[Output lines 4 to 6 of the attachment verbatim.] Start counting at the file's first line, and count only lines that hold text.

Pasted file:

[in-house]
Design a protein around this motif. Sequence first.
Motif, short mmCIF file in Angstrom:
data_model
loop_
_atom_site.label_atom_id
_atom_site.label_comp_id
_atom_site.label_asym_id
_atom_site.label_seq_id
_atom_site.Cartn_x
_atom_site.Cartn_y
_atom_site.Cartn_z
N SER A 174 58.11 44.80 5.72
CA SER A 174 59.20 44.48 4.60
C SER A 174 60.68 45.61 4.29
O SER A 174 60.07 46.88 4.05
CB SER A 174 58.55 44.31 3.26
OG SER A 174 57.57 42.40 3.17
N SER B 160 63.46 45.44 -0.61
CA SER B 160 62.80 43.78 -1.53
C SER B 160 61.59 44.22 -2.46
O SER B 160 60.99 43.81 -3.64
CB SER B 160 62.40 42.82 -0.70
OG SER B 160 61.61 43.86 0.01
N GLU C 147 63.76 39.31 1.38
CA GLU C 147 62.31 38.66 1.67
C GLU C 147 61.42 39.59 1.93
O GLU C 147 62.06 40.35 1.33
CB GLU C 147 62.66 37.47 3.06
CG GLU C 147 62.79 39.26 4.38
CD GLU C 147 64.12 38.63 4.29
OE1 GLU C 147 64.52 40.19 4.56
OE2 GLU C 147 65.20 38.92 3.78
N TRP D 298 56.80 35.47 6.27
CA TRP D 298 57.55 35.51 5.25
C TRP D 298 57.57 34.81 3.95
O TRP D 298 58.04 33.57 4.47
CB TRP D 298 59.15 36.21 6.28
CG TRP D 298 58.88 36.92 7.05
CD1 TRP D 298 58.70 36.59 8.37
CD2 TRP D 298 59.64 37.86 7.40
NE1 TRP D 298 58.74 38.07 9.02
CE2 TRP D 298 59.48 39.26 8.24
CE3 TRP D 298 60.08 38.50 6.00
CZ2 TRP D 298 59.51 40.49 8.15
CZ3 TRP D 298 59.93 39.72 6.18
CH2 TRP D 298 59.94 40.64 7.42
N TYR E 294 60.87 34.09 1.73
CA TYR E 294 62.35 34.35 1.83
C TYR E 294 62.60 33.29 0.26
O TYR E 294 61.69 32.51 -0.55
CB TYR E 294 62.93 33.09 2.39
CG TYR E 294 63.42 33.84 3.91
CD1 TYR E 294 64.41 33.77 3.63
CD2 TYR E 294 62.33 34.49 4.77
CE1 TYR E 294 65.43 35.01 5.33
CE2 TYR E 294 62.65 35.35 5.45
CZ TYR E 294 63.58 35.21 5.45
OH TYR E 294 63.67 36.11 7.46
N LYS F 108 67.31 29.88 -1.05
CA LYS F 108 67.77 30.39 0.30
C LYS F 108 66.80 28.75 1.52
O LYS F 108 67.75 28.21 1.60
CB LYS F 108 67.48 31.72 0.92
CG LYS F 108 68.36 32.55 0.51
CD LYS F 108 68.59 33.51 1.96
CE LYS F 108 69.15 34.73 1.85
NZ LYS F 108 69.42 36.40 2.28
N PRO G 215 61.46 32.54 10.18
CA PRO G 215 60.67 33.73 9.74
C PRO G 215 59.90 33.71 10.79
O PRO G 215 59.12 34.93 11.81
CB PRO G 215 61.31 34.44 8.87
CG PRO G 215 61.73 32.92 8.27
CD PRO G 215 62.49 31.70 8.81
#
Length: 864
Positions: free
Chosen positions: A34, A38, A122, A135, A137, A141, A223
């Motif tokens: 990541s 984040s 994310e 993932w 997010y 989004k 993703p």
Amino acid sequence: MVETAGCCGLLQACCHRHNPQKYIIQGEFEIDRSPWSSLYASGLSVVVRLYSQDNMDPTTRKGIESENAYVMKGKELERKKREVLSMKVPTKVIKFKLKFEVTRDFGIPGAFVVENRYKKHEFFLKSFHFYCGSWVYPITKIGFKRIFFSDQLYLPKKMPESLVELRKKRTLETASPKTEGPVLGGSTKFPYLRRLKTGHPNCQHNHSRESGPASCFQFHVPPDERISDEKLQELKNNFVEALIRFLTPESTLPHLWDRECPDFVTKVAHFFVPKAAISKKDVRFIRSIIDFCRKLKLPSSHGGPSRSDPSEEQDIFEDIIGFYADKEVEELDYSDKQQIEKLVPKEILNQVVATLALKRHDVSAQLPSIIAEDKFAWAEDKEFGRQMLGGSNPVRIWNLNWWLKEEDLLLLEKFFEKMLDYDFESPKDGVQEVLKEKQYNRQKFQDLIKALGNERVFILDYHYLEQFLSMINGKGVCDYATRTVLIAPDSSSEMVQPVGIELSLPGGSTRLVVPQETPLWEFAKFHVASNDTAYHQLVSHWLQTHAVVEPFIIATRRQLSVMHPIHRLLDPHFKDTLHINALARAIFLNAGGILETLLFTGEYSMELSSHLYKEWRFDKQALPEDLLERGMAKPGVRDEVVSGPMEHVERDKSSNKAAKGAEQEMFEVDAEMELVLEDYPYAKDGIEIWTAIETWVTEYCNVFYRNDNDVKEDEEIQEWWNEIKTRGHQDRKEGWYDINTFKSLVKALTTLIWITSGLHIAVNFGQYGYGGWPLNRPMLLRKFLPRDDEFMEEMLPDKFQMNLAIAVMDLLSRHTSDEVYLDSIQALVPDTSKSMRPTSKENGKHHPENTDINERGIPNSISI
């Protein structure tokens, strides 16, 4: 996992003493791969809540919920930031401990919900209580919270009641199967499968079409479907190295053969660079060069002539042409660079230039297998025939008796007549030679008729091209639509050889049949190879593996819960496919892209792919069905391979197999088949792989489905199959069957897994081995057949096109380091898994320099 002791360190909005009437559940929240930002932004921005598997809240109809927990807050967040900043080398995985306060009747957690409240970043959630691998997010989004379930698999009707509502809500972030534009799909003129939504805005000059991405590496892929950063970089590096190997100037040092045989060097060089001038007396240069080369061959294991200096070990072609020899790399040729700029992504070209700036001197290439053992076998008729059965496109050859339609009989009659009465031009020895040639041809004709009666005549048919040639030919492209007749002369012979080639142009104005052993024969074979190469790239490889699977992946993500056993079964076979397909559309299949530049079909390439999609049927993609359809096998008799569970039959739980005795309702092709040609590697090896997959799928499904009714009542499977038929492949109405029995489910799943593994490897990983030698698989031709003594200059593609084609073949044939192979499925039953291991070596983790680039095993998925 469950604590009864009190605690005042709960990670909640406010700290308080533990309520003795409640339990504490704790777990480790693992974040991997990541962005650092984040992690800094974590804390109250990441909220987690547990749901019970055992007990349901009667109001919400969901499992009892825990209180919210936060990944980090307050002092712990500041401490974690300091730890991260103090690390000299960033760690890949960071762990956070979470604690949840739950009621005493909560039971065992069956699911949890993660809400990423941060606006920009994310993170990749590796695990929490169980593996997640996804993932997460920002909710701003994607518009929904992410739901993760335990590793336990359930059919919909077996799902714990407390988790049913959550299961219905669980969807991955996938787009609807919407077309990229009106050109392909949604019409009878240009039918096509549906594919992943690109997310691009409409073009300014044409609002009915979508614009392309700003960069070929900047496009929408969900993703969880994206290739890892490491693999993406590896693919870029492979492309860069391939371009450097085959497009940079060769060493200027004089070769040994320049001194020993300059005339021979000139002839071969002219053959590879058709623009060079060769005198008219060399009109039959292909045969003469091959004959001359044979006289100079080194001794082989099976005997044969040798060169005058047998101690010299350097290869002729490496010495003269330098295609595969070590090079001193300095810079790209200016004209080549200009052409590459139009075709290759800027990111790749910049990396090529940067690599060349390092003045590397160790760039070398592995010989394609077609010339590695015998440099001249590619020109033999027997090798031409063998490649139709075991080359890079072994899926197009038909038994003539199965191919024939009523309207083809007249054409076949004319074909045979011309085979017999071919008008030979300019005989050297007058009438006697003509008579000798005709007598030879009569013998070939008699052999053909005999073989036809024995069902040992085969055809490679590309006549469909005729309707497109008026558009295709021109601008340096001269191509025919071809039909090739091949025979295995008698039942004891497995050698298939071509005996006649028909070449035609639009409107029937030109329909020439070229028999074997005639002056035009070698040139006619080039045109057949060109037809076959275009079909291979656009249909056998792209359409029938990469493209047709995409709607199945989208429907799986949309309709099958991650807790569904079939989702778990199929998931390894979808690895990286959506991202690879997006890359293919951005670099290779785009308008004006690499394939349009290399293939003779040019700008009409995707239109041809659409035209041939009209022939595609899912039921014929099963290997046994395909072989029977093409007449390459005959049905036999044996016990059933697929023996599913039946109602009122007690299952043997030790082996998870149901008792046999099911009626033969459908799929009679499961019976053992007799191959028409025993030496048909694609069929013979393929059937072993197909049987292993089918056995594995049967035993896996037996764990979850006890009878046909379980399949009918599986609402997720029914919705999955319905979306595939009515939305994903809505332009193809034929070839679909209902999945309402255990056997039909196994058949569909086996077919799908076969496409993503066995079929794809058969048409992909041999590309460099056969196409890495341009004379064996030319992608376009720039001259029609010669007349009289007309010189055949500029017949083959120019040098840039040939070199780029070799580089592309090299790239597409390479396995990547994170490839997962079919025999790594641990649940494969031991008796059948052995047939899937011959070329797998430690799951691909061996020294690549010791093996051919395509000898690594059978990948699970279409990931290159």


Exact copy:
data_model
loop_
_atom_site.label_atom_id